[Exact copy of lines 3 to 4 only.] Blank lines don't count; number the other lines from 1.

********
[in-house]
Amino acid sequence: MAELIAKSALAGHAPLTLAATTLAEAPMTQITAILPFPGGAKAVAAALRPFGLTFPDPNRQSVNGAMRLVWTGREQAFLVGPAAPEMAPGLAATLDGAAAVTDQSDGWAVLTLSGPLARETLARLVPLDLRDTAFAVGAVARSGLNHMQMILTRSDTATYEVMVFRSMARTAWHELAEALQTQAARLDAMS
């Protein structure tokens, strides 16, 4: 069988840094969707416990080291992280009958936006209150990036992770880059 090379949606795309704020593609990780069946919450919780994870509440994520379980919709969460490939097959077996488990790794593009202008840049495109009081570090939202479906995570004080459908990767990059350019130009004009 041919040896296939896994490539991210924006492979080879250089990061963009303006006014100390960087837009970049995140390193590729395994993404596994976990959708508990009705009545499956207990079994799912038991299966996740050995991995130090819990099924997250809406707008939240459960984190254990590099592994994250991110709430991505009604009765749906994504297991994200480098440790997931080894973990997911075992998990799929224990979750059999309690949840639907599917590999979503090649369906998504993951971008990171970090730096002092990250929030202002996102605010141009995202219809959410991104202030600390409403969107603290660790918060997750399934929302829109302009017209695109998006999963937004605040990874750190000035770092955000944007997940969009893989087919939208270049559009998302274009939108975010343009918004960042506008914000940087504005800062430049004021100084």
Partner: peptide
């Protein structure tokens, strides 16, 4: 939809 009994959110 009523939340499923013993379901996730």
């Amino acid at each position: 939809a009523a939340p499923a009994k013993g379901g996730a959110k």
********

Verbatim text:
């Protein structure tokens, strides 16, 4: 069988840094969707416990080291992280009958936006209150990036992770880059 090379949606795309704020593609990780069946919450919780994870509440994520379980919709969460490939097959077996488990790794593009202008840049495109009081570090939202479906995570004080459908990767990059350019130009004009 041919040896296939896994490539991210924006492979080879250089990061963009303006006014100390960087837009970049995140390193590729395994993404596994976990959708508990009705009545499956207990079994799912038991299966996740050995991995130090819990099924997250809406707008939240459960984190254990590099592994994250991110709430991505009604009765749906994504297991994200480098440790997931080894973990997911075992998990799929224990979750059999309690949840639907599917590999979503090649369906998504993951971008990171970090730096002092990250929030202002996102605010141009995202219809959410991104202030600390409403969107603290660790918060997750399934929302829109302009017209695109998006999963937004605040990874750190000035770092955000944007997940969009893989087919939208270049559009998302274009939108975010343009918004960042506008914000940087504005800062430049004021100084």
Partner: peptide